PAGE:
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SummerSlam Power Rankings Part 1: The Worst of the Worst (#29-24)

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It’s August once again and that means the eyes of the WWE Universe will once again be turning to Brooklyn and the Barclays Center where WWE’s SummerSlam will emanate for the third year in a year. This one carries additional historical significance as this will be the thirtieth edition of “The Biggest Party of the Summer,” which first took place on August 29, 1988 from Madison Square Garden.

While Summerslam lacks the pageantry and mainstream appeal of WrestleMania, what SummerSlam had not lacked over the years is the kind of amazing moments that make us all wrestling fans. With the tendency of SummerSlam to deliver incredible matches and great storylines, one can think of SummerSlam as almost the Smart Fans WrestleMania is some ways, and SummerSlams are some of the best shows in the history of the WWE. One thing that is for sure is that the men and women who will be putting on a show next week in Brooklyn will have a lot to live up too.

But not all SummerSlams are created equal, of course. And while SummerSlam has been less likely to deliver duds than other shows, some do exist. It is with this in mind that we now rank the past twenty-nine additions of the WWE’s Summer Extravaganza, as we eagerly await to see where this year show will rank…

29. SummerSlam 1996: August 18, 1997 – Gund Arena – Cleveland, Ohio

The WWF in the summer of the 1996 was one trying to find its way. WCW, led by the red-hot NWO storyline carried out by two recently departed WWF stars, Diesel and Razor Ramon, was regularly defeating the WWF in every metric from TV ratings to PPV buys. Meanwhile, the WWF’s biggest star, Bret Hart, was at home on hiatus in Calgary and somehow, the new big star that they had created two months ago, Stone Cold Steve Austin, was relegated to the Free For All.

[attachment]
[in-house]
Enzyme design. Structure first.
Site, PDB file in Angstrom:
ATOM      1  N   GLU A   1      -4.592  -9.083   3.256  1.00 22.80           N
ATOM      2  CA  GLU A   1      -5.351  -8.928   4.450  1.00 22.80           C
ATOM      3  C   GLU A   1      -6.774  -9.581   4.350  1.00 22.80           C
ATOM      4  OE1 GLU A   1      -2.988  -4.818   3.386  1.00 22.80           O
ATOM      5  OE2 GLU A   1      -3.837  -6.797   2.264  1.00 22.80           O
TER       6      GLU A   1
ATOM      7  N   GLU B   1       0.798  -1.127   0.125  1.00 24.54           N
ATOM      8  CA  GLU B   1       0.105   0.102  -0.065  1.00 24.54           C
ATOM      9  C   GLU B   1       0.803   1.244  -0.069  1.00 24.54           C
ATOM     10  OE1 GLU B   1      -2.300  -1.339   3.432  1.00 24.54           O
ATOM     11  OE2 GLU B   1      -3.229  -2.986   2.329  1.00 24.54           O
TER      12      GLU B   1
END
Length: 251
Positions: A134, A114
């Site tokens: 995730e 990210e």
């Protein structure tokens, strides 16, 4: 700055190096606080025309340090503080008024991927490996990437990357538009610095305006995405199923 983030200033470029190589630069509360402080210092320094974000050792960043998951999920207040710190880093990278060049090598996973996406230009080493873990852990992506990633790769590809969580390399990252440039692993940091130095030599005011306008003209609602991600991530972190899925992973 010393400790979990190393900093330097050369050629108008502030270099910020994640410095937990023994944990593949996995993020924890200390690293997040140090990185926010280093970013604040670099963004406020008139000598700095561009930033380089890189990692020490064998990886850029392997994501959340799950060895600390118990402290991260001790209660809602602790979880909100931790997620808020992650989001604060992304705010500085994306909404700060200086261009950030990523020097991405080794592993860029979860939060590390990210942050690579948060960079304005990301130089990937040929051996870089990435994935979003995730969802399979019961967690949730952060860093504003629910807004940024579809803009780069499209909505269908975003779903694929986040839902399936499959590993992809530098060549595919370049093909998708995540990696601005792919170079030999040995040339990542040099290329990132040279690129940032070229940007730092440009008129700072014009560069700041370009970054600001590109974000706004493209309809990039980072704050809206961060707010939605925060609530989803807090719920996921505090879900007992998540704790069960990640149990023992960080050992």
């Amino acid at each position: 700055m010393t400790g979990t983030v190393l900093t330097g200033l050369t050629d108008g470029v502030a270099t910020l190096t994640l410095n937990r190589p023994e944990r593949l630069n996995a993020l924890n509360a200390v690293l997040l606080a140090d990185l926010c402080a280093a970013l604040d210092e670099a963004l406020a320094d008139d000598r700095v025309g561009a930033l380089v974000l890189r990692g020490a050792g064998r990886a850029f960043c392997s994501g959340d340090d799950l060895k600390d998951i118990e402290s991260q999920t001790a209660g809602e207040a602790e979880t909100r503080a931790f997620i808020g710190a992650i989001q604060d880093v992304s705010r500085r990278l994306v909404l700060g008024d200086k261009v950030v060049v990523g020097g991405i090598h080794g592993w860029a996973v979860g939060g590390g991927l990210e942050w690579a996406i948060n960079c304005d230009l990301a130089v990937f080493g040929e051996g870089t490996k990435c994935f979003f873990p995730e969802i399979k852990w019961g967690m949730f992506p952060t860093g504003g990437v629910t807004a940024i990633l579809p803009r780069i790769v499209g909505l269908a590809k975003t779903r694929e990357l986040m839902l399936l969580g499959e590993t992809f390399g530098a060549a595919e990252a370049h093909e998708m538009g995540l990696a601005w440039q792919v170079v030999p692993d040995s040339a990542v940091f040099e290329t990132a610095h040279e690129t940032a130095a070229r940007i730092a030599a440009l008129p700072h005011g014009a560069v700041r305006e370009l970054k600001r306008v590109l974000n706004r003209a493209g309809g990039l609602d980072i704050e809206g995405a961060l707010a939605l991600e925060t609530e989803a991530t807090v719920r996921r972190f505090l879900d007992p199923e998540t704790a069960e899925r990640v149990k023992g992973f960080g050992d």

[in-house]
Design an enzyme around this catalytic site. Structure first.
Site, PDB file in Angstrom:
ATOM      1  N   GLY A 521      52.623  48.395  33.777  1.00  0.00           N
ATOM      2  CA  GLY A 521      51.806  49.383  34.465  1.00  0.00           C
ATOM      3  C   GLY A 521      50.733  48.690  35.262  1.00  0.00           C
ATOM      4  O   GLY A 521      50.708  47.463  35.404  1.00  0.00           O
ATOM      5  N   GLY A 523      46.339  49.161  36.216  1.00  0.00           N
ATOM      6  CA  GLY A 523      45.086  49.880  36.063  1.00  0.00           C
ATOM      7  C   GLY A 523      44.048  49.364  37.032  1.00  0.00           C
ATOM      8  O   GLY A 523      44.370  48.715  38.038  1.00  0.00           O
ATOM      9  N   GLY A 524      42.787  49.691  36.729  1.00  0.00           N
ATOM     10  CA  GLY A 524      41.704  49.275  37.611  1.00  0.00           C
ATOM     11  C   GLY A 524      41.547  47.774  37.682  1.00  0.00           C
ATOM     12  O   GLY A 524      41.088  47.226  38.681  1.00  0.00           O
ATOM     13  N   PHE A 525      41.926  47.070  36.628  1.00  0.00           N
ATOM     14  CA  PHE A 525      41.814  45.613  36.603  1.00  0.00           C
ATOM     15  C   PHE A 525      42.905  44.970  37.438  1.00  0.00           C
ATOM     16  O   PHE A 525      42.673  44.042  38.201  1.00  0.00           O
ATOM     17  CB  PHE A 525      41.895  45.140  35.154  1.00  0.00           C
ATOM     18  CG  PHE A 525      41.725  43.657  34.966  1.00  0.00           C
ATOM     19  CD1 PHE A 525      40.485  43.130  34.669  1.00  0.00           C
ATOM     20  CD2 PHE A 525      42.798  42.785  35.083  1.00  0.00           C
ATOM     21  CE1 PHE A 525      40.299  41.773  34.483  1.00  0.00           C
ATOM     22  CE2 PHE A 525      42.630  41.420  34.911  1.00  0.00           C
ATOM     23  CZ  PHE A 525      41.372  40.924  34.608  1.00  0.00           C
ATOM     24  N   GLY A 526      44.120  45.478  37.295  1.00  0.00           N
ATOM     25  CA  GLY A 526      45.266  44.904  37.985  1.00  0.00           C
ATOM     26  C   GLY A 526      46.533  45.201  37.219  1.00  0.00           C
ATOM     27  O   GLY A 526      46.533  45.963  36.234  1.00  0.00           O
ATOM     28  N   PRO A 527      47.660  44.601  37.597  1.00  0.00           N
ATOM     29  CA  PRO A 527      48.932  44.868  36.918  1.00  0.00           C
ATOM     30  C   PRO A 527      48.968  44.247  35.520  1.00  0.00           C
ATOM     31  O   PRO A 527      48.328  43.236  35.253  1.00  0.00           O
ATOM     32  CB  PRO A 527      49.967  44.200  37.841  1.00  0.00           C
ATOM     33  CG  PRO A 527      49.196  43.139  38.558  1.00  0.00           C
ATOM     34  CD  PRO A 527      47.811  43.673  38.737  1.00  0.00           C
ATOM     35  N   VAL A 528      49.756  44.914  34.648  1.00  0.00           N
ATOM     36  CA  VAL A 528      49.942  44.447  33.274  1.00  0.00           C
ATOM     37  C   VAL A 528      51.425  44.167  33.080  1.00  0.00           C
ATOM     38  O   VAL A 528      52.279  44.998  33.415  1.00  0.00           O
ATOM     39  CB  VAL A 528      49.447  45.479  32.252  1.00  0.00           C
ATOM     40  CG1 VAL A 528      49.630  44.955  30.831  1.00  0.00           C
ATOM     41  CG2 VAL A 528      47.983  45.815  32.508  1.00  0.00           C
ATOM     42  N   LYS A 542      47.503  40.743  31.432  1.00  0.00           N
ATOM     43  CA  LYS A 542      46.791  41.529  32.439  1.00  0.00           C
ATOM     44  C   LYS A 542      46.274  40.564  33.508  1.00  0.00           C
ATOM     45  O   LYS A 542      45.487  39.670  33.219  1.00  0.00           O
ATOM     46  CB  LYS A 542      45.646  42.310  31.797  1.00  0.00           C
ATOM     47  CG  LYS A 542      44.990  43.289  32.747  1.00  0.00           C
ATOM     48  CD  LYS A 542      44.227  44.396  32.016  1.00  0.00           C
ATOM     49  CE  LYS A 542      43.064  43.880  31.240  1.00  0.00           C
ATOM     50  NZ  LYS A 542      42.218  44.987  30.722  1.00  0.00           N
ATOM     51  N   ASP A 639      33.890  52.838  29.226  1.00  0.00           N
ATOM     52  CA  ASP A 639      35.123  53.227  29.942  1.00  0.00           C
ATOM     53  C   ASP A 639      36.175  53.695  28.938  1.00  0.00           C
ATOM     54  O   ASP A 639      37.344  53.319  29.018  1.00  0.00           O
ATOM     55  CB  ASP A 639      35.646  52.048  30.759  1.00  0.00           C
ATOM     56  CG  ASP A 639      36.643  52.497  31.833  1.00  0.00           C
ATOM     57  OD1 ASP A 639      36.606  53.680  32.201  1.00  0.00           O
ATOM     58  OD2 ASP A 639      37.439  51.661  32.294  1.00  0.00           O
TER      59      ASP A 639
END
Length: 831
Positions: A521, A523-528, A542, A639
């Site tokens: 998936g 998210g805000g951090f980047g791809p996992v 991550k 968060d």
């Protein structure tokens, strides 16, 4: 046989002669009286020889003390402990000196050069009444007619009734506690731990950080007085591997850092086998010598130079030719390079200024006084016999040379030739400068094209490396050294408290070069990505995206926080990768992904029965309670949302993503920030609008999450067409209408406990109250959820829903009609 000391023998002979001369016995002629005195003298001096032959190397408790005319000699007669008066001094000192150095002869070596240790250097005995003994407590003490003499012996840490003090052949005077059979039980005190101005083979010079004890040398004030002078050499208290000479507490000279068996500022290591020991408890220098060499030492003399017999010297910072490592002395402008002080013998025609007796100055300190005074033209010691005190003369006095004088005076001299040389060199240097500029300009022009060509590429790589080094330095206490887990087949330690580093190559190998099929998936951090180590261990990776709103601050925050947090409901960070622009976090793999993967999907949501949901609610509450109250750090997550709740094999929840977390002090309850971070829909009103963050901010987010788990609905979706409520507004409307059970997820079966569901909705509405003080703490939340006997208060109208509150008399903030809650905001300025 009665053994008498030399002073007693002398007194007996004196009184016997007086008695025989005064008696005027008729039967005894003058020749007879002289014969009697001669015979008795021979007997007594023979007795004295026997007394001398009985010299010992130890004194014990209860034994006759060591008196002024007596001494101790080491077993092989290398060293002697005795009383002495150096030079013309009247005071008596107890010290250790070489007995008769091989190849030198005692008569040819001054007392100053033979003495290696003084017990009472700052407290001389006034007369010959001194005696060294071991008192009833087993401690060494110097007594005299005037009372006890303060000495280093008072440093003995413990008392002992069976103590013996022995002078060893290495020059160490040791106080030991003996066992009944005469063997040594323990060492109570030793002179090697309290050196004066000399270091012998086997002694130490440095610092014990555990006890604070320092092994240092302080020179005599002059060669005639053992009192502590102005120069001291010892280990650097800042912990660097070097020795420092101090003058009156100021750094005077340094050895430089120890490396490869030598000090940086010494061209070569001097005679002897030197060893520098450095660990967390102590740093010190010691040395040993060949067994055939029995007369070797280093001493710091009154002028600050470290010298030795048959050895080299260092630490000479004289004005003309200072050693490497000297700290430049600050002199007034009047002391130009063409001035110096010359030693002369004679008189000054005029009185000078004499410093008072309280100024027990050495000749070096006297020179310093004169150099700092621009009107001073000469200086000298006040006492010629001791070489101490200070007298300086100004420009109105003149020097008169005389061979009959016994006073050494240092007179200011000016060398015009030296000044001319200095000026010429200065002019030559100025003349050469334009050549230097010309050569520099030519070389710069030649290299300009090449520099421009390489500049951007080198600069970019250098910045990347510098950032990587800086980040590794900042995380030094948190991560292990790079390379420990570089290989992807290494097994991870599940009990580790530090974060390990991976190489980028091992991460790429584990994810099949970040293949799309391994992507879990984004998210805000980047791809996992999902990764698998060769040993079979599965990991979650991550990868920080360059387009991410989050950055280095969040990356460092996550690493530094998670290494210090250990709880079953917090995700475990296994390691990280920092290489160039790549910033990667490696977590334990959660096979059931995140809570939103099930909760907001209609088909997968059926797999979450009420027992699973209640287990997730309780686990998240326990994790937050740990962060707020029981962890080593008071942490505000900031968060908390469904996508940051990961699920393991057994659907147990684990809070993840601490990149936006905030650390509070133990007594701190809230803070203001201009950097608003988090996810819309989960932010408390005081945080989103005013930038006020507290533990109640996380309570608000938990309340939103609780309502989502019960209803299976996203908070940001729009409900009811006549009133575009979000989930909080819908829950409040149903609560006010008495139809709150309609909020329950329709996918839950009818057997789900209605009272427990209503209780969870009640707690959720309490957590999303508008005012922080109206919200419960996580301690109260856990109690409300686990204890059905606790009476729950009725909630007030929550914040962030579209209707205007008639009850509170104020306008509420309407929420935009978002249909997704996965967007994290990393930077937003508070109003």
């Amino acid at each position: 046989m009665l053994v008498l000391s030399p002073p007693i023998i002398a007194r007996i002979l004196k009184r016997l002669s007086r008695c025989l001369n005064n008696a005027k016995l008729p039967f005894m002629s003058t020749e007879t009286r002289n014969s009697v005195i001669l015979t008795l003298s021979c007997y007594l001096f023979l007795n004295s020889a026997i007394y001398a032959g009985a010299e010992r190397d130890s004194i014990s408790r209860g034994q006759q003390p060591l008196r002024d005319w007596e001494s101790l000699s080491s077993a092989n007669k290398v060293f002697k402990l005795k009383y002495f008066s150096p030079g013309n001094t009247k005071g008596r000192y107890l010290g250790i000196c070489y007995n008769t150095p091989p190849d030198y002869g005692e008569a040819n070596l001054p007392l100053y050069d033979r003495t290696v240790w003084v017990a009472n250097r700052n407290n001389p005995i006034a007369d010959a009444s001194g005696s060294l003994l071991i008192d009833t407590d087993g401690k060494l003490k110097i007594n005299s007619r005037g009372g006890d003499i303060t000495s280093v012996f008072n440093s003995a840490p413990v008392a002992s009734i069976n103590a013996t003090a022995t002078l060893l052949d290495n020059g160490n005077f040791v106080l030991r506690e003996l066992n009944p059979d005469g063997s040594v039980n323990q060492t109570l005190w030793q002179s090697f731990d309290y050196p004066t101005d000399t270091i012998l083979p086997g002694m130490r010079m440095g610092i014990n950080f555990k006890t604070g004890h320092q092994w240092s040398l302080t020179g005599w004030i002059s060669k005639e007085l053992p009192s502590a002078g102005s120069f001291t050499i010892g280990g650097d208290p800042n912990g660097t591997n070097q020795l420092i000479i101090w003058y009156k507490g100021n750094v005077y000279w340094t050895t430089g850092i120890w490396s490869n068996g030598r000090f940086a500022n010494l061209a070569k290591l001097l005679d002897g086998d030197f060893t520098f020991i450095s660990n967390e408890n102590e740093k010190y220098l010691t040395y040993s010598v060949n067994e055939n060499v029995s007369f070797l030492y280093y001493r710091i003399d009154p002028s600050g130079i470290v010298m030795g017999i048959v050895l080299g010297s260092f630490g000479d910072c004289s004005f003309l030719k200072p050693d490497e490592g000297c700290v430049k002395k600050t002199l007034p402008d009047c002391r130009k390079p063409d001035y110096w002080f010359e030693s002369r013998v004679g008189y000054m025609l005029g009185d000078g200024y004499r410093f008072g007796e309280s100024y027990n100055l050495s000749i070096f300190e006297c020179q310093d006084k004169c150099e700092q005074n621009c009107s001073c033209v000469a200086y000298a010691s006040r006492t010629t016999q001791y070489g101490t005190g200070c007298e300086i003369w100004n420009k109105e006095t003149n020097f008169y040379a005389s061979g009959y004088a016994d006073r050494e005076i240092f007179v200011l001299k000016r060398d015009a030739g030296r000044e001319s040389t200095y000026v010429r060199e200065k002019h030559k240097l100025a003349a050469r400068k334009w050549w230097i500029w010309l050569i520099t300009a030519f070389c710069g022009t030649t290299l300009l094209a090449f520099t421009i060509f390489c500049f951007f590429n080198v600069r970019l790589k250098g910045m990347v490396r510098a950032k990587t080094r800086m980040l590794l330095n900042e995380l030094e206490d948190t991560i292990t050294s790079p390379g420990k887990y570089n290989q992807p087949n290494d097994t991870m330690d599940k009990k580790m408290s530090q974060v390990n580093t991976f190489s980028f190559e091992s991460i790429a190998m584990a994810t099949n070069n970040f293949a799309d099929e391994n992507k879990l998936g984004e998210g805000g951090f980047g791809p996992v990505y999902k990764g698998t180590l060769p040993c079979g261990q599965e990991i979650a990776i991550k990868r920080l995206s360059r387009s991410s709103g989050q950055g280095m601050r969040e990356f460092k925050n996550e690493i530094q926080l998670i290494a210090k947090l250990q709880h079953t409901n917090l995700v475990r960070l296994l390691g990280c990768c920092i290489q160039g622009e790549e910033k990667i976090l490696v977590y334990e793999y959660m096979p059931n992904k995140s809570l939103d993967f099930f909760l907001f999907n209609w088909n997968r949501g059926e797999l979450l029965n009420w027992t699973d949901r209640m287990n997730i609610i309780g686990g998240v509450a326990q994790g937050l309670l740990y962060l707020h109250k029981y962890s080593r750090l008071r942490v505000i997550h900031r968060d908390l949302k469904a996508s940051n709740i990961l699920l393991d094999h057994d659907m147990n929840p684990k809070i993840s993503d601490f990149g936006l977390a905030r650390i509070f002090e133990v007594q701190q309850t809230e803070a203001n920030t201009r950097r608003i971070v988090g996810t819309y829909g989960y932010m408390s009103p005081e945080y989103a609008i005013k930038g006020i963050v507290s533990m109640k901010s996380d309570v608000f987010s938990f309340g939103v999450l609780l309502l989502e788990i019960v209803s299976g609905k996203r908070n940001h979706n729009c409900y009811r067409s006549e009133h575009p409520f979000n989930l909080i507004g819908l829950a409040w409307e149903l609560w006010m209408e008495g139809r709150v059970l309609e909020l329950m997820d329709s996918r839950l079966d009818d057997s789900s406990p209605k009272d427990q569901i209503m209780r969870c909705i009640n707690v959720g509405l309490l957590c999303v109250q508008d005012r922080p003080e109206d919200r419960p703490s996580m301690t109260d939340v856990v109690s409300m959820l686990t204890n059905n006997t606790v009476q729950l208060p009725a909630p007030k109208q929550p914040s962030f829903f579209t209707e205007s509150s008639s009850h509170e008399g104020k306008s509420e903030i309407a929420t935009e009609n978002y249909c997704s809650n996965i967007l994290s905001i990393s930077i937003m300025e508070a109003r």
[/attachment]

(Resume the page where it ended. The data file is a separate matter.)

What resulted that night in Cleveland was a pure dud. The show was plagued by a lack of star power and a number of slow-paced, uncreative matches, with a confrontation between Goldust and Marc Mero being especially hard on the eyes. This show also included the polarizing Boiler Room Brawl, where Mankind and the Undertaker had a physical confrontation that was interesting, but probably not fitting in the second biggest show of the year. While Shawn Michaels delivered as usual in the midst of his first “Boyhood Dream” run as WWF Champion, he sullied his main event match with Vader by yelling at him to “MOVE” during a top rope elbowdrop in the middle of a match, in full hearing of the crowd. That we had the centerpiece of the company behaving like that at this time kinda tells you all you need to know about this show-simply the worst SummerSlam ever (which was still better than Battleground last month-YUCK!)

28. SummerSlam 1990: August 27, 1990 – CoreStates Spectrum – Philadelphia, Pennsylvania.

In the late 80’s and early 90s, the WWF tended to do something with a lot of their big shows that annoys me to this day-one short match after the other. You see it a lot of the early WrestleManias, and we saw it here on this night in Philadelphia.

While there were some gems here to be sure, such as the Hart Foundation beating Demolition in a two out of a three falls match for the Tag Team Belts, plus an actual fun Hulk Hogan match versus Earthquake, you had some stinkers as well. Poor Tito Santana had to put over the Warlord. Two legends of the sport in Dusty Rhodes and Randy Savage had a two-minute match and Bad News Brown and Jake Roberts had a battle of snake versus sewer rat. The actual fuck?

The most telling thing about this show may be that this was the first PPV for Ultimate Warrior as Champion. Rick Rude and Bobby Hennan did their best to make this guy look good, but their main event was hard on the eyes. Then again, so was most of the show…

27. SummerSlam 2012: August 19, 2012 – Staples Center – Los Angeles, California.